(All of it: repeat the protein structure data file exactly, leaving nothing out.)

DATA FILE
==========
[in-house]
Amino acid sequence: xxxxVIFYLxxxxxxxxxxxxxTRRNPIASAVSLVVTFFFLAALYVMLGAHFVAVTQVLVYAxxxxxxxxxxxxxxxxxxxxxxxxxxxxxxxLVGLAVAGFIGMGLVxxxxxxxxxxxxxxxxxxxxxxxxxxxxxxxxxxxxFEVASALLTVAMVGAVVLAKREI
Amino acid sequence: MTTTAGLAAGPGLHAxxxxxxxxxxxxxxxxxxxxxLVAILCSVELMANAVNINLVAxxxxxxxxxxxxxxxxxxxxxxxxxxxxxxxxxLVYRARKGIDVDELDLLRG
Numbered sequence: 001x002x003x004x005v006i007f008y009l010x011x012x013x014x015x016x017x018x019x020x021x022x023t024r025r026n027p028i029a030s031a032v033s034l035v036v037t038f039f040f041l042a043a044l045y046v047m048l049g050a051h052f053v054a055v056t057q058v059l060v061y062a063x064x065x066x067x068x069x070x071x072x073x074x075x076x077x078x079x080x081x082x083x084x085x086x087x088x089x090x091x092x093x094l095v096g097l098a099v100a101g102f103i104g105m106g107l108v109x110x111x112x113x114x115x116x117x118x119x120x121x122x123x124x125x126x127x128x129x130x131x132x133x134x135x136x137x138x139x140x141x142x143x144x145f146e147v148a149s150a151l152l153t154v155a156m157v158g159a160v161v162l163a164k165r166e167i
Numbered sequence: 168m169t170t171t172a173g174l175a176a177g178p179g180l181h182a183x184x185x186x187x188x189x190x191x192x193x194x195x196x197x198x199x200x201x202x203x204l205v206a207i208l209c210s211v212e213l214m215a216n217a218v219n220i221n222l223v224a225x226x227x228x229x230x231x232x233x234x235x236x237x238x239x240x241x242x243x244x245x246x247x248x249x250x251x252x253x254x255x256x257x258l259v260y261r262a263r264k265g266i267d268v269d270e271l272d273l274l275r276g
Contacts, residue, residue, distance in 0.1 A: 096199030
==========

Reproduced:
[in-house]
Amino acid sequence: xxxxVIFYLxxxxxxxxxxxxxTRRNPIASAVSLVVTFFFLAALYVMLGAHFVAVTQVLVYAxxxxxxxxxxxxxxxxxxxxxxxxxxxxxxxLVGLAVAGFIGMGLVxxxxxxxxxxxxxxxxxxxxxxxxxxxxxxxxxxxxFEVASALLTVAMVGAVVLAKREI
Amino acid sequence: MTTTAGLAAGPGLHAxxxxxxxxxxxxxxxxxxxxxLVAILCSVELMANAVNINLVAxxxxxxxxxxxxxxxxxxxxxxxxxxxxxxxxxLVYRARKGIDVDELDLLRG
Numbered sequence: 001x002x003x004x005v006i007f008y009l010x011x012x013x014x015x016x017x018x019x020x021x022x023t024r025r026n027p028i029a030s031a032v033s034l035v036v037t038f039f040f041l042a043a044l045y046v047m048l049g050a051h052f053v054a055v056t057q058v059l060v061y062a063x064x065x066x067x068x069x070x071x072x073x074x075x076x077x078x079x080x081x082x083x084x085x086x087x088x089x090x091x092x093x094l095v096g097l098a099v100a101g102f103i104g105m106g107l108v109x110x111x112x113x114x115x116x117x118x119x120x121x122x123x124x125x126x127x128x129x130x131x132x133x134x135x136x137x138x139x140x141x142x143x144x145f146e147v148a149s150a151l152l153t154v155a156m157v158g159a160v161v162l163a164k165r166e167i
Numbered sequence: 168m169t170t171t172a173g174l175a176a177g178p179g180l181h182a183x184x185x186x187x188x189x190x191x192x193x194x195x196x197x198x199x200x201x202x203x204l205v206a207i208l209c210s211v212e213l214m215a216n217a218v219n220i221n222l223v224a225x226x227x228x229x230x231x232x233x234x235x236x237x238x239x240x241x242x243x244x245x246x247x248x249x250x251x252x253x254x255x256x257x258l259v260y261r262a263r264k265g266i267d268v269d270e271l272d273l274l275r276g
Contacts, residue, residue, distance in 0.1 A: 096199030